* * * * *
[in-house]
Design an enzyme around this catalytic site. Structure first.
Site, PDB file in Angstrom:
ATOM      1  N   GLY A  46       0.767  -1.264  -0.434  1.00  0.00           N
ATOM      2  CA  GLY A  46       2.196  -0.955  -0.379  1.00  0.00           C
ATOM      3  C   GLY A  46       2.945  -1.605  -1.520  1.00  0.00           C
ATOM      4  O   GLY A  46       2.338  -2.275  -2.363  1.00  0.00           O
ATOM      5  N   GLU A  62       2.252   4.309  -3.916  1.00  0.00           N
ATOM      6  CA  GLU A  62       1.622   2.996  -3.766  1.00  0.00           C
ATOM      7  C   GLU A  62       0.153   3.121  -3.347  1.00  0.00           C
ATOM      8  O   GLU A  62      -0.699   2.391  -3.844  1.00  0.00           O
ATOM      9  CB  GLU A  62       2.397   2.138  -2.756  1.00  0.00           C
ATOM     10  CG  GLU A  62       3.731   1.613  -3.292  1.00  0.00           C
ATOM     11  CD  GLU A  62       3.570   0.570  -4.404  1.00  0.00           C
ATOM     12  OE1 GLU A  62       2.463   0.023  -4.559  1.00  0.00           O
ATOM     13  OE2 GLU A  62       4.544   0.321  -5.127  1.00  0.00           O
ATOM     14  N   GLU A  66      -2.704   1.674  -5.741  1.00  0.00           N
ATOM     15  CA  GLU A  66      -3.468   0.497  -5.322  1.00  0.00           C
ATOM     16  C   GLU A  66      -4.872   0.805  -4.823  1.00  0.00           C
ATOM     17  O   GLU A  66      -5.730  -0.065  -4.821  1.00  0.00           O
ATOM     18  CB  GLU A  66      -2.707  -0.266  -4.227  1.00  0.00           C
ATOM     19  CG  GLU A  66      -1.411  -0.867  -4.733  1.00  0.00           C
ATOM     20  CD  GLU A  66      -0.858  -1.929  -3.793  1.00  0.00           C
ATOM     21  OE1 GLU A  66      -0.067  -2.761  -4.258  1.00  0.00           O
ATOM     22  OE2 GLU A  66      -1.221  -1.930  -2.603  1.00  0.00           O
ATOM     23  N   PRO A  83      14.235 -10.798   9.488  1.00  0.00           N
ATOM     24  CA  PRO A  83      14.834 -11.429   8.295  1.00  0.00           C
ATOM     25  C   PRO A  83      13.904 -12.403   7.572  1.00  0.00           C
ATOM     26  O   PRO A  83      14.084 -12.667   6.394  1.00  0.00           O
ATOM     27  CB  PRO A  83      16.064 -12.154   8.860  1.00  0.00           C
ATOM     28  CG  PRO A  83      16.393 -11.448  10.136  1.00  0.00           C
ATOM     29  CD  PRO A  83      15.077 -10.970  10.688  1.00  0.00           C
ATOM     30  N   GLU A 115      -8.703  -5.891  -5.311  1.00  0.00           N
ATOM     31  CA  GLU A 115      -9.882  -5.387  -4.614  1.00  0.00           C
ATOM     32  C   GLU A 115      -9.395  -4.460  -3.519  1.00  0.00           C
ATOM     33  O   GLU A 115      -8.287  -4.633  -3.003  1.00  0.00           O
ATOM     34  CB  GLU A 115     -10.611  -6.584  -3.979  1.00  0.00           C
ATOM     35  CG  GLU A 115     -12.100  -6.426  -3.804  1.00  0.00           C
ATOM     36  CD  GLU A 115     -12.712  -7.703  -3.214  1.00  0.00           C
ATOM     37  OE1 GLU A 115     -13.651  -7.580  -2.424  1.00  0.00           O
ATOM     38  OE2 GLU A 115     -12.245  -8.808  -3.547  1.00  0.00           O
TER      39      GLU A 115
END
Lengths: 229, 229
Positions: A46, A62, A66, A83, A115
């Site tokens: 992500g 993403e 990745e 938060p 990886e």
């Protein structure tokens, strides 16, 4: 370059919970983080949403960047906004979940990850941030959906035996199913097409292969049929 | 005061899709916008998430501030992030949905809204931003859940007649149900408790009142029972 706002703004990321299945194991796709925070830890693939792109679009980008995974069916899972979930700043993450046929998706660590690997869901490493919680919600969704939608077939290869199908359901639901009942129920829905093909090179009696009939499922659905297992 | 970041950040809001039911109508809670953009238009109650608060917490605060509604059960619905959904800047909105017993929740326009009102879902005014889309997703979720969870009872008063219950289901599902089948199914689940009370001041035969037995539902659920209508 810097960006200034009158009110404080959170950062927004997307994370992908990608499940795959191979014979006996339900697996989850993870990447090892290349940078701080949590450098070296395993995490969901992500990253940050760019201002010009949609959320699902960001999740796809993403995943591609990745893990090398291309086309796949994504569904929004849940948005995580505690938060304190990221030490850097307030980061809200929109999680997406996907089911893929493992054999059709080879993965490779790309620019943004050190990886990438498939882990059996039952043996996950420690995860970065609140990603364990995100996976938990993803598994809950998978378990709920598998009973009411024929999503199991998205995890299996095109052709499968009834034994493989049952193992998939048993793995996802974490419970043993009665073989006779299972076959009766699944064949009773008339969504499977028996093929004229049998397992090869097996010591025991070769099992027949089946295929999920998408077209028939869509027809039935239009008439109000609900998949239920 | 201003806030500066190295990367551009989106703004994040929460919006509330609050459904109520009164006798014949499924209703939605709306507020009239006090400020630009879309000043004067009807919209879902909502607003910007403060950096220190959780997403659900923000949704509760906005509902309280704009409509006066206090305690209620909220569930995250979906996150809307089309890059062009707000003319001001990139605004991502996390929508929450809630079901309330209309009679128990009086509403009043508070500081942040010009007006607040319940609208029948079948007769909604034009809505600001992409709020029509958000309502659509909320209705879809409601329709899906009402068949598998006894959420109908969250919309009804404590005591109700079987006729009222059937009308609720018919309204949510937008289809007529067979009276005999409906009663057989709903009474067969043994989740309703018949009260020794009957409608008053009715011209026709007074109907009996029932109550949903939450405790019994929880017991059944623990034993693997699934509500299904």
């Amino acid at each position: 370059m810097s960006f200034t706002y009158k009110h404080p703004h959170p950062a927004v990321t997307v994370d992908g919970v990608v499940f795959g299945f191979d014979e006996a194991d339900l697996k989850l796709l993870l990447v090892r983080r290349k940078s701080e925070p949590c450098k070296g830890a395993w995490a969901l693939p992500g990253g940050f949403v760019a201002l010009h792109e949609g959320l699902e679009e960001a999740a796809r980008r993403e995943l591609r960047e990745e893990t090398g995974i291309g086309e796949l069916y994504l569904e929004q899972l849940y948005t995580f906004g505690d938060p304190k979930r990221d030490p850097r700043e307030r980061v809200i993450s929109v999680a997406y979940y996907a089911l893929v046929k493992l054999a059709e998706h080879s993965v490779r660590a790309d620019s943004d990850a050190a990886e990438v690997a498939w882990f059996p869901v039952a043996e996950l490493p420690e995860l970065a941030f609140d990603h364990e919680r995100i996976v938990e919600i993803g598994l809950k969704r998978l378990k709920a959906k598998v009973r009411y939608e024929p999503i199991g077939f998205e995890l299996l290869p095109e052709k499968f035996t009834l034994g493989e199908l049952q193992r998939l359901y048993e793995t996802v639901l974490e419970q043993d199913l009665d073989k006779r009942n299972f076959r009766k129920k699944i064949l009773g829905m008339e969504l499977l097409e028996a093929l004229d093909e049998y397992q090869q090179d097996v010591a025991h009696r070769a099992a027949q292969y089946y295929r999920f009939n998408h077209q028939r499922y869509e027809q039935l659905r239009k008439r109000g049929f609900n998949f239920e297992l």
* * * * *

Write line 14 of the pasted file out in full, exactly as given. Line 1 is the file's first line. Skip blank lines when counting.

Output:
ATOM     11  CD  GLU A  62       3.570   0.570  -4.404  1.00  0.00           C